Date of Award
Master of Science in Coastal Marine and Wetland Studies
Coastal and Marine Systems Science
Richard F. Viso
Richard N. Peterson
Jenna C. Hill
Groundwater discharge in the coastal environment is known to be a complex process. The driving mechanisms of groundwater discharge vary on spatial and temporal scales that can significantly impact coastal water chemistry and play a role in ecological zonation. Evolving combinations of observational and modeling approaches provide a basis to quantify groundwater discharge in a spatial and temporal sense. Here we employ a combination of geochemical (naturally occurring radon isotope) and geophysical (electrical resistivity) techniques to measure groundwater-surface water interactions along a back-barrier tidal creek. In addition to field measurements, a unique non-steady state radon mass balance equation was developed to better constrain groundwater estimates. The radon mass balance shows spatial and temporal variance in groundwater composition along the tidal creek. Our estimates suggest that groundwater discharge is grater in the Upper Duplin compared to the Lower Duplin section. Spring tide conditions yielded greater groundwater discharge at all sites, but the Lower Duplin section had significantly greater discharge when compared to neap tide discharge. Electrical resistivity serves as a qualitative assessment to support the radon mass balance findings of marsh zone water circulation on both daily and spring/neap cycles. Our observations proved baseline groundwater contributions to the Duplin River system. This can be used to constrain aquifer characteristic used in numerical simulations of chemical and nutrient transport the systems.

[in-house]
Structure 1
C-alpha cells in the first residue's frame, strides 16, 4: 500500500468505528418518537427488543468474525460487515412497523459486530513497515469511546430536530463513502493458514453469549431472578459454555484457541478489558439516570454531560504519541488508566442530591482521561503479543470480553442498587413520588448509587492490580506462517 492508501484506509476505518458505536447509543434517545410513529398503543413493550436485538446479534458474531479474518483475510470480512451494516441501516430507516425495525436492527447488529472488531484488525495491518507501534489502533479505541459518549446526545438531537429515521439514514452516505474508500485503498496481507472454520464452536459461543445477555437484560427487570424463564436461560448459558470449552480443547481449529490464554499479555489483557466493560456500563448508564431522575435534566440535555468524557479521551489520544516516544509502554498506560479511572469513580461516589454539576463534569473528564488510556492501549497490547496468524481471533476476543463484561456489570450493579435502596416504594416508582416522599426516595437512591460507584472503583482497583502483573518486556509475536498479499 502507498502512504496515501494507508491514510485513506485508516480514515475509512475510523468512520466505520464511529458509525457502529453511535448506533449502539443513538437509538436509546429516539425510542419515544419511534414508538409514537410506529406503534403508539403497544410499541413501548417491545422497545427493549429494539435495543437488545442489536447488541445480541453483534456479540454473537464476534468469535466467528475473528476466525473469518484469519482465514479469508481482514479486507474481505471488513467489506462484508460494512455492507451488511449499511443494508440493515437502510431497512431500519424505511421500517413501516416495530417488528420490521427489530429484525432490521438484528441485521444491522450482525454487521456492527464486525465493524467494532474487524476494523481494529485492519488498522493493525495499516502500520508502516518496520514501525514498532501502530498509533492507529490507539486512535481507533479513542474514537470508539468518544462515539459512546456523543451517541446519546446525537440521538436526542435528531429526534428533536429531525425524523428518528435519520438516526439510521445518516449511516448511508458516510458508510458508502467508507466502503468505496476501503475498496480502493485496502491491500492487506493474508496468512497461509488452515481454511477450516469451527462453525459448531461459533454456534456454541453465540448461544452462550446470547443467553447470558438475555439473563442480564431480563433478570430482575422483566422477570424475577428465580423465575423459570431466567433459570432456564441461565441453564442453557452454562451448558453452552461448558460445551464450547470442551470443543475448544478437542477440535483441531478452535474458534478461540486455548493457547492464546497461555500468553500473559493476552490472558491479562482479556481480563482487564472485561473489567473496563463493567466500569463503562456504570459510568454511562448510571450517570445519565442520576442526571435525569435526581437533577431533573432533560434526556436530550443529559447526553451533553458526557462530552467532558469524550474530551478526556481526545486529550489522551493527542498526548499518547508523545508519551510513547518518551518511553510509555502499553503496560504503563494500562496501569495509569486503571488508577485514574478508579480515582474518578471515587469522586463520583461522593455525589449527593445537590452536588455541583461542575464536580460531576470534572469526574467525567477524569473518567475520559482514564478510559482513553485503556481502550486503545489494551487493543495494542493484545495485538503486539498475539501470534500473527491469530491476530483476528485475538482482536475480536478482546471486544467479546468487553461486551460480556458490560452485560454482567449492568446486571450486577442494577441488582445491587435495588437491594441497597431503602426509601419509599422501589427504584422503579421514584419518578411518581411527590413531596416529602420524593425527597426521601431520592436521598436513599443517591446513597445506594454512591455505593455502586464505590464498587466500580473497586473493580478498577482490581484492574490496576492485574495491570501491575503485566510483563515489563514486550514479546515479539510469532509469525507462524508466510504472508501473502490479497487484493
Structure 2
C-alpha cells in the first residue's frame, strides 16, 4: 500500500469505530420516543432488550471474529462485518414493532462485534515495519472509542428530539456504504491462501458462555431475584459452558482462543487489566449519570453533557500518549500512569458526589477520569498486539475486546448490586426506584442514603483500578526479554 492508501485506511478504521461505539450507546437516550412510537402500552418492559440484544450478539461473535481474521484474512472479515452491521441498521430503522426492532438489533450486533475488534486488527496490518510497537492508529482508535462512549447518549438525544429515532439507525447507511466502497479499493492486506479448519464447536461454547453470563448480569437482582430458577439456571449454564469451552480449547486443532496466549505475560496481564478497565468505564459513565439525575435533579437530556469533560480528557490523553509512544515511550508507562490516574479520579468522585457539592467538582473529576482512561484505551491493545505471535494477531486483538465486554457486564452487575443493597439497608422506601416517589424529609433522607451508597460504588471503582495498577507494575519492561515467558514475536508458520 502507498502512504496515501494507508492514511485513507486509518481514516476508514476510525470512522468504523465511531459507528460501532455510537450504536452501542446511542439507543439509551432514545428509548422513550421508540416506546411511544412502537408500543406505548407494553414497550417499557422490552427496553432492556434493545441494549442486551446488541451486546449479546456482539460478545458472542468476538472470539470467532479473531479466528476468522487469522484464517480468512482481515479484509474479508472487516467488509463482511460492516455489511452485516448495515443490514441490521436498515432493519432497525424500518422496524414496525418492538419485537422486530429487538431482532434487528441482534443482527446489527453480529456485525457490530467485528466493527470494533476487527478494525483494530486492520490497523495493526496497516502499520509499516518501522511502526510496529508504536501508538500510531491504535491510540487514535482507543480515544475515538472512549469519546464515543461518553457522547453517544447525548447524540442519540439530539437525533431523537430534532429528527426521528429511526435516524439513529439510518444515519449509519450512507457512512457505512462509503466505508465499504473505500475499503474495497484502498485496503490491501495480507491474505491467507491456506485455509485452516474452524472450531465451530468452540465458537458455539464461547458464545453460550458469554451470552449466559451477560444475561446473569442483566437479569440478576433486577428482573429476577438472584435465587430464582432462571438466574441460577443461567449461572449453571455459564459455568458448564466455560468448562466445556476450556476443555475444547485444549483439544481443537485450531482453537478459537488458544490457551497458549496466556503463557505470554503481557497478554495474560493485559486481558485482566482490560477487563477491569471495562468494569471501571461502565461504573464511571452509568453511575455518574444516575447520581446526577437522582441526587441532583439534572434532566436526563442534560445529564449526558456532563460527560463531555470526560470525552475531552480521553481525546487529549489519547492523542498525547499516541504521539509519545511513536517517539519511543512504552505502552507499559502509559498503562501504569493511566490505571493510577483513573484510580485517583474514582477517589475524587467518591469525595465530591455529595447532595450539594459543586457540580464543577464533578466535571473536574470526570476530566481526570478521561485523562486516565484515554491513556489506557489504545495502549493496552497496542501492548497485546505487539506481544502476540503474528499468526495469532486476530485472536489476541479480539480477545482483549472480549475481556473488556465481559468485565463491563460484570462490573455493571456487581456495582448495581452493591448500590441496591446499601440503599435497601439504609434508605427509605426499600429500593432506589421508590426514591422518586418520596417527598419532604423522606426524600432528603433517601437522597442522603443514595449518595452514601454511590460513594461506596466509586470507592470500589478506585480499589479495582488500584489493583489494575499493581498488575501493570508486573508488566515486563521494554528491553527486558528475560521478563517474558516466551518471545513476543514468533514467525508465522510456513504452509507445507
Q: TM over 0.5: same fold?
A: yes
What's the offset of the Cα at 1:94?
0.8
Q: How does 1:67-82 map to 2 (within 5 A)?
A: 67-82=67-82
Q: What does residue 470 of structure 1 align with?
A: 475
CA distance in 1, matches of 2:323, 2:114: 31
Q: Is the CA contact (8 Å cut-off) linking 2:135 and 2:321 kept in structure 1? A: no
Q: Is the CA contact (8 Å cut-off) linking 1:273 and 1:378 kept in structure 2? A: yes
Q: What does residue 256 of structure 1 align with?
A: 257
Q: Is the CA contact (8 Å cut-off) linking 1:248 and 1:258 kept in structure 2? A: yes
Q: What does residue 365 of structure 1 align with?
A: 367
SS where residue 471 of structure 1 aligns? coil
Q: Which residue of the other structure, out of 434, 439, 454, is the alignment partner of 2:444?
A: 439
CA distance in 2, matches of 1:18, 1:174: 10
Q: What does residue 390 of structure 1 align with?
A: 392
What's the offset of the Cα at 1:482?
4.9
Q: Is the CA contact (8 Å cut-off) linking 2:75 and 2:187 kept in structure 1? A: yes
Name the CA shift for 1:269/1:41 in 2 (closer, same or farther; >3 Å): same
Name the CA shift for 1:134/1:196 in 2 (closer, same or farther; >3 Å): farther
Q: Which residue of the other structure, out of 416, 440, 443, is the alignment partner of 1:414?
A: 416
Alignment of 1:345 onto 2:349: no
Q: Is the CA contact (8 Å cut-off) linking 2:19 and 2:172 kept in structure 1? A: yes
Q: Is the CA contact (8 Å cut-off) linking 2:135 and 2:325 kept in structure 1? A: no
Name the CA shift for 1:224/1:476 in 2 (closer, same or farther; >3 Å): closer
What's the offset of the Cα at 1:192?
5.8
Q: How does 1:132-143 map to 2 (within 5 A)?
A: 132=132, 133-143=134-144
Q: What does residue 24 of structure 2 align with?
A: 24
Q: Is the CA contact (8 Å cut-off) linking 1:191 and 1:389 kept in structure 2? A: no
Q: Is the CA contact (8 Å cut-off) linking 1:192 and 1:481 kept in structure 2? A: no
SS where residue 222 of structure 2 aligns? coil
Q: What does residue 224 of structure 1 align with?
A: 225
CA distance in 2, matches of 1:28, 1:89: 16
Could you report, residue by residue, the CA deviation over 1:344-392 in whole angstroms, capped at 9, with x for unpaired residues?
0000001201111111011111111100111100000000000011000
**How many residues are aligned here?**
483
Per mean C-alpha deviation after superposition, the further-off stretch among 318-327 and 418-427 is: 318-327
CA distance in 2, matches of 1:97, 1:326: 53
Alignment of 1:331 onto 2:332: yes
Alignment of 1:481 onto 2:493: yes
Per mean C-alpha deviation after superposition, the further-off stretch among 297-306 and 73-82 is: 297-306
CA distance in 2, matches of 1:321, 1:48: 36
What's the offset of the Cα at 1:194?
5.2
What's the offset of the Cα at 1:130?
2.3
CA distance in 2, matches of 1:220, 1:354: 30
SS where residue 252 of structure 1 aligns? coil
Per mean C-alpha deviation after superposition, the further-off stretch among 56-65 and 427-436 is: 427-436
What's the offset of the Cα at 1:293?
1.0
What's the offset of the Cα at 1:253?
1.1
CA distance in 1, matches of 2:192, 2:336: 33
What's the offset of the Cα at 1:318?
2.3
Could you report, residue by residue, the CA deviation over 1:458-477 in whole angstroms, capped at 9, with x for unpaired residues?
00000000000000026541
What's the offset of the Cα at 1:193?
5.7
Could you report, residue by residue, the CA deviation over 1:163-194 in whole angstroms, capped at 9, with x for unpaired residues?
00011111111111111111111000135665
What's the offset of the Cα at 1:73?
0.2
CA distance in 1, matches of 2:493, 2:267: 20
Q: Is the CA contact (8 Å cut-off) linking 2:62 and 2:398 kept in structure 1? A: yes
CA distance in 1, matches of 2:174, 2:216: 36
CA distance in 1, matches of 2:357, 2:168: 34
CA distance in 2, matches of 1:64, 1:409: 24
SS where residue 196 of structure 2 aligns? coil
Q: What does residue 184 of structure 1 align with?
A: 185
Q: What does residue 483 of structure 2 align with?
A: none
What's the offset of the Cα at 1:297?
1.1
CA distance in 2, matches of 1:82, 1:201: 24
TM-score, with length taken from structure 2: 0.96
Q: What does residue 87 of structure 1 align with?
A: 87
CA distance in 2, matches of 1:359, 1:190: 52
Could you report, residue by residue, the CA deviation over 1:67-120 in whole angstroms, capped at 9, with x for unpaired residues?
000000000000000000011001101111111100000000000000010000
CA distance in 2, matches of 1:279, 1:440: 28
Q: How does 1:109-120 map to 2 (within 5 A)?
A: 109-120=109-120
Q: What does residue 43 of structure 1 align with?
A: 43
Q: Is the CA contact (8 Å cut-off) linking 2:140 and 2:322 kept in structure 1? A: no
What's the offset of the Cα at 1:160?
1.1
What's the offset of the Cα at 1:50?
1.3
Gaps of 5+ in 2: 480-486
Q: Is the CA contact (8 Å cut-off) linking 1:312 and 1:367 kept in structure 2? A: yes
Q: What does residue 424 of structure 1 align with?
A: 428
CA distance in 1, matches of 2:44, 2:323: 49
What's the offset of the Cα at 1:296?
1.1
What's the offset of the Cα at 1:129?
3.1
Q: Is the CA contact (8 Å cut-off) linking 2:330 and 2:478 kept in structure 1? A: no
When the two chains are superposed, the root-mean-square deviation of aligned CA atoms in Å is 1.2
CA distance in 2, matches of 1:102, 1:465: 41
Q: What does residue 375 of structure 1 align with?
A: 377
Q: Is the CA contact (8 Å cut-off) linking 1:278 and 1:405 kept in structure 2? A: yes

Carter, Matthew L., "Characterization of Groundwater Discharge in a Back Barrier Tidal Creek" (2015). Electronic Theses and Dissertations. 7.